Espo’s Trivia Challange: David Wright

He’s already at or near the top of so many Met All-Time offensive categories they could someday name the entire list of hitting categories in his honor, so there’s no telling where David Wright will end up at the end of his newly signed eight-year deal worth some $138 million.  Wright is now the all-time team leader in Hits, Runs, Doubles, RBIs, Total Bases, Extra Base Hits, Multi-Hit Games, Walks, Sacrifice Flies, and was second in At-Bats, and Average.

Wright will be wearing that number 5 Met uniform for a long time, and he can now challenge a team record once thought insurmountable  – the 17 years in uniform held by longtime Met Ed Kranepool, and his well-earned record for games played (1,831).

Until then, and for now, this month’s inaugural Sportsday Mets trivia challenge is dedicated to Wright and his all-time accomplishments with those who occupy the lists ahead or behind him.

 

1. Just behind Wright and Kranepool, with exactly 1,300 hits in a Mets uniform is:

A.   Cleon Jones
B.   B. Bud Harrelson
C.   C. Darryl Strawberry
D.   D. Jose Reyes

2.     Nine Mets have at least 1,000 hits on their Mets ledgers.  Rounding out the Top Ten is this popular Met with 997 hits:

A. Mookie Wilson
B. Howard Johnson
C. Edgardo Alfonzo
D. John Olerud
3. Wright leapfrogged several ex-Mets to now top the all-time Walks category, and dethroned this Met for the No. 1 spot, who had earned 580 free strolls to first:

A. Ed Kranepool
B. Bud Harrelson
C. Darryl Strawberry
D. Mike Piazza

4. In the quirky, but important category of Multi-Hit Games, Wright passed this Met, who had 385 MHGs, as the new leader:

A. Ed Kranepool
B. Cleon Jones
C. Keith Hernandez
D. Jose Reyes

5. Wright was, and is still, third in all-time team slugging percentage.  The leader in this category remains:

A. Darryl Strawberry
B. Mike Piazza
C. Carlos Beltran
D. Frank Thomas

6. It became widely known in the Mets Universe that Wright became just the third Met to reach the 200 home run level, behind Strawberry (252), and Piazza (220).  Just behind them, at 192, is:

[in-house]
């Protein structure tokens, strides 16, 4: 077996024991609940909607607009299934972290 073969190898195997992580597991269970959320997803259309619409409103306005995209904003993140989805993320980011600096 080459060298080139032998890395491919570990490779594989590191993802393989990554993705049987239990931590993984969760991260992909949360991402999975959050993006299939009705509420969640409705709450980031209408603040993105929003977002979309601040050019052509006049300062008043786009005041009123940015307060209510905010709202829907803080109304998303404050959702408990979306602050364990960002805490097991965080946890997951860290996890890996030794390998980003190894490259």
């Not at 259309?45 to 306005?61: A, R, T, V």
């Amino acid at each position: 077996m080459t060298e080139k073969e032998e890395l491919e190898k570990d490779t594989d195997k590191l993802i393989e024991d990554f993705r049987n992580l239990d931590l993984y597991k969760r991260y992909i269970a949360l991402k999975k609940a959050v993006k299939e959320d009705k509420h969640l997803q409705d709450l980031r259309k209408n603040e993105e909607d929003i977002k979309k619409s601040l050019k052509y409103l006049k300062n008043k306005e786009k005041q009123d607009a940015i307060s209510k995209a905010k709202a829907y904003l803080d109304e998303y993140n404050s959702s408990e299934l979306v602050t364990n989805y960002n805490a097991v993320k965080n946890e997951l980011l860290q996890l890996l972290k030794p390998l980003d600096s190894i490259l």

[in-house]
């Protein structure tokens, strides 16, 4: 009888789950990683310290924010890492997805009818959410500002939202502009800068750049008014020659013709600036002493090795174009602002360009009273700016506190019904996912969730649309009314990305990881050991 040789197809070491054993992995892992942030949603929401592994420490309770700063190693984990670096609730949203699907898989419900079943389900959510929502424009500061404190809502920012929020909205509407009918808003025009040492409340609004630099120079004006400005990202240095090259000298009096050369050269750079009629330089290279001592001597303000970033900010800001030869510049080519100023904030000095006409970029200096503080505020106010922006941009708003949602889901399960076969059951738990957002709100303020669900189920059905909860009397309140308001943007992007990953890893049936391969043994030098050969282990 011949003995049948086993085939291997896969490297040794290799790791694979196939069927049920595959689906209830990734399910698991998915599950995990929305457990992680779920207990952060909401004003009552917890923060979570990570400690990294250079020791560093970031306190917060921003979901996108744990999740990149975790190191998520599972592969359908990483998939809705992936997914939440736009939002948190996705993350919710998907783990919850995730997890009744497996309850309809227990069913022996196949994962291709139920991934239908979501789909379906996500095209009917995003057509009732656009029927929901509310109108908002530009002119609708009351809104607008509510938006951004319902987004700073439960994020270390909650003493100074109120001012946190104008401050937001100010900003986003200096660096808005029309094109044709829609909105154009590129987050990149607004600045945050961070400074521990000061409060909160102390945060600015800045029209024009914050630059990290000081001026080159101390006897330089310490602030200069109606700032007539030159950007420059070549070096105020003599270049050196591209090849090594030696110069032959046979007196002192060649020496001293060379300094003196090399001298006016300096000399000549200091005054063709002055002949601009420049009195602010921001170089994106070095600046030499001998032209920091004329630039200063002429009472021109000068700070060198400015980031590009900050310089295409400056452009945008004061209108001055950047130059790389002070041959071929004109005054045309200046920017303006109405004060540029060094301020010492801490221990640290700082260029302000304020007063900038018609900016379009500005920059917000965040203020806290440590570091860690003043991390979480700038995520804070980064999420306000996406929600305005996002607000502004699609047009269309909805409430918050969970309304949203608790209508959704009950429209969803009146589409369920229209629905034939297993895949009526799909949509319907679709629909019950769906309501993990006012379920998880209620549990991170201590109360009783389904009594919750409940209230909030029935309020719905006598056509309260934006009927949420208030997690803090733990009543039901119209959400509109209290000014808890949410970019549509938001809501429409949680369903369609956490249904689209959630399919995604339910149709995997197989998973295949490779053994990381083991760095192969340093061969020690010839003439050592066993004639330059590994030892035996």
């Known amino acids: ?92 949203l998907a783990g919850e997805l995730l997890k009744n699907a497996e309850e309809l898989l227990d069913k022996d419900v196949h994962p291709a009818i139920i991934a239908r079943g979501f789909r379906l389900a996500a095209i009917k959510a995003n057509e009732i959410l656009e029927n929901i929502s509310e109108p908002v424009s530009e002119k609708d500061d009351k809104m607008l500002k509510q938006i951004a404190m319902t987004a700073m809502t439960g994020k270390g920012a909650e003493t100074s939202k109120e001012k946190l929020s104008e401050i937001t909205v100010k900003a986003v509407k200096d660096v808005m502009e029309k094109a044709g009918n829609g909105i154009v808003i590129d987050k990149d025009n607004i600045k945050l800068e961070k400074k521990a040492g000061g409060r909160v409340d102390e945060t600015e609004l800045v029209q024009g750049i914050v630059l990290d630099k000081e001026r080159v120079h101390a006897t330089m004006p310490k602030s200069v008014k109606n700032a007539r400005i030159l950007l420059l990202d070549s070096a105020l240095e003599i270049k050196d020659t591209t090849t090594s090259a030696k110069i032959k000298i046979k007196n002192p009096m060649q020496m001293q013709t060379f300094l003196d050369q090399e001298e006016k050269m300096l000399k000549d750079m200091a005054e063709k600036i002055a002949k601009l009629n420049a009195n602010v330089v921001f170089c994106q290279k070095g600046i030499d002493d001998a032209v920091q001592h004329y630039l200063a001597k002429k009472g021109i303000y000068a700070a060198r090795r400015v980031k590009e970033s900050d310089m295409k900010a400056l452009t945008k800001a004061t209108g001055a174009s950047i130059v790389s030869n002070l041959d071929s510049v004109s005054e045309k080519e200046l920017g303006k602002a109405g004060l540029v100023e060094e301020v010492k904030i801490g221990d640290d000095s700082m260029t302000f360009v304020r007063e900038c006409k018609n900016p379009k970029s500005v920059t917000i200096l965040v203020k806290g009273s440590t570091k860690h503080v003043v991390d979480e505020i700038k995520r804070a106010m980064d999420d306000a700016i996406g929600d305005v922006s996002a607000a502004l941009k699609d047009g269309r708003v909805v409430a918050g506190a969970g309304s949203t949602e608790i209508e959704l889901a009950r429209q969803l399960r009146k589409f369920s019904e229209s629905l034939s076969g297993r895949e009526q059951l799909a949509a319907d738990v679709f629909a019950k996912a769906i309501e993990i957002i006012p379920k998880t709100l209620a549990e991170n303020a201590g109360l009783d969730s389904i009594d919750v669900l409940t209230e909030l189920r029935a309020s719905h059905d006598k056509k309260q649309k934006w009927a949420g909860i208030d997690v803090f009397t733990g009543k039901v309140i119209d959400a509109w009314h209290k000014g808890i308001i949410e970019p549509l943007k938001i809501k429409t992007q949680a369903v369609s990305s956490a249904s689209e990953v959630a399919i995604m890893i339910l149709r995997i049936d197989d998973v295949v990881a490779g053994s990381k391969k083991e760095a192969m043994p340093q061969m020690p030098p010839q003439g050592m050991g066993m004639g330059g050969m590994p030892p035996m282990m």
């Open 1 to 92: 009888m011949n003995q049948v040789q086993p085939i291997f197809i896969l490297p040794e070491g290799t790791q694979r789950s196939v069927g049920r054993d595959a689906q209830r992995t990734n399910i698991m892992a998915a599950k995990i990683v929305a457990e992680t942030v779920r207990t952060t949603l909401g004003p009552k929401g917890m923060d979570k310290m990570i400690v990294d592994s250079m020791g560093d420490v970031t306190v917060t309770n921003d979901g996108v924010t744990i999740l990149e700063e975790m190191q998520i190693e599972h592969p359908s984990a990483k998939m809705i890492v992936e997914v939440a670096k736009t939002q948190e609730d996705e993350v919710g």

A. Dave Kingman
B. Ed Kranepool
C. Howard Johnson
D. Carlos Beltran

7. Wright’s speed on the bases this year earned him the No. 5 slot in all-time stolen bases, way behind all-time leader Reyes, who copped 370 bags.  Wright passed this rather fast Met in the process, who had 152 steals:

A. Ron Hunt
B. Lee Mazzilli
C. Lenny Dykstra
D. Bud Harrelson

8. In the also important category of On-Base Percentage, Wright is locked in at fourth, and we’ll ask if you can put the top three in this category in the correct order, who boast OBPs of .425, .391, and .387:

A. John Olerud, Dave Magadan, Keith Hernandez
B. Keith Hernandez, John Olerud, Dave Magadan
C. Dave Magadan, Keith Hernandez, John Olerud
D. John Olerud, Keith Hernandez, Dave Magadan

9. If you’ve been following Wright’s career, you might know that among National League teams, the Mets third baseman owns his highest batting average (.378) against this club:

A. Atlanta Braves
B. Cincinnati Reds
C. Los Angeles Dodgers
D. St. Louis Cardinals

10. True or false: David Wright has a higher batting average in Citi Field than he had at Shea Stadium.

ANSWERS:

1. D
2. B
3. C
4. D
5. B
6. C
7. B
8. A
9. C
10. False, At Shea: .318, Citi Field: .283

 

 

Posted under Bud Harrelson, Carlos Beltran, Cleon Jones, Darryl Strawberry, David Wright, Edgardo Alfonzo, Espo, John Olerud, Jose Reyes, Mhgs, Mike Piazza, New York Mets, Offensive Categories, Sacrifice Flies, Slugging Percentage, Sportsday, Top Story, Trivia Challenge

Ten Years Later, 9/11 Remembered at Citi Field

Flushing, NY -The lilting strains of a clear female voice singing “God Bless America” was heard throughout Citi Field as scenes of players on many major league teams standing at attention were shown on the big screens in the ballpark. As the film came to a close, chants of “U.S.A.” emanated from all corners of the stadium. Thus, began the special Remembrance Ceremony at Citi Field on the tenth anniversary of the 9/11 attack.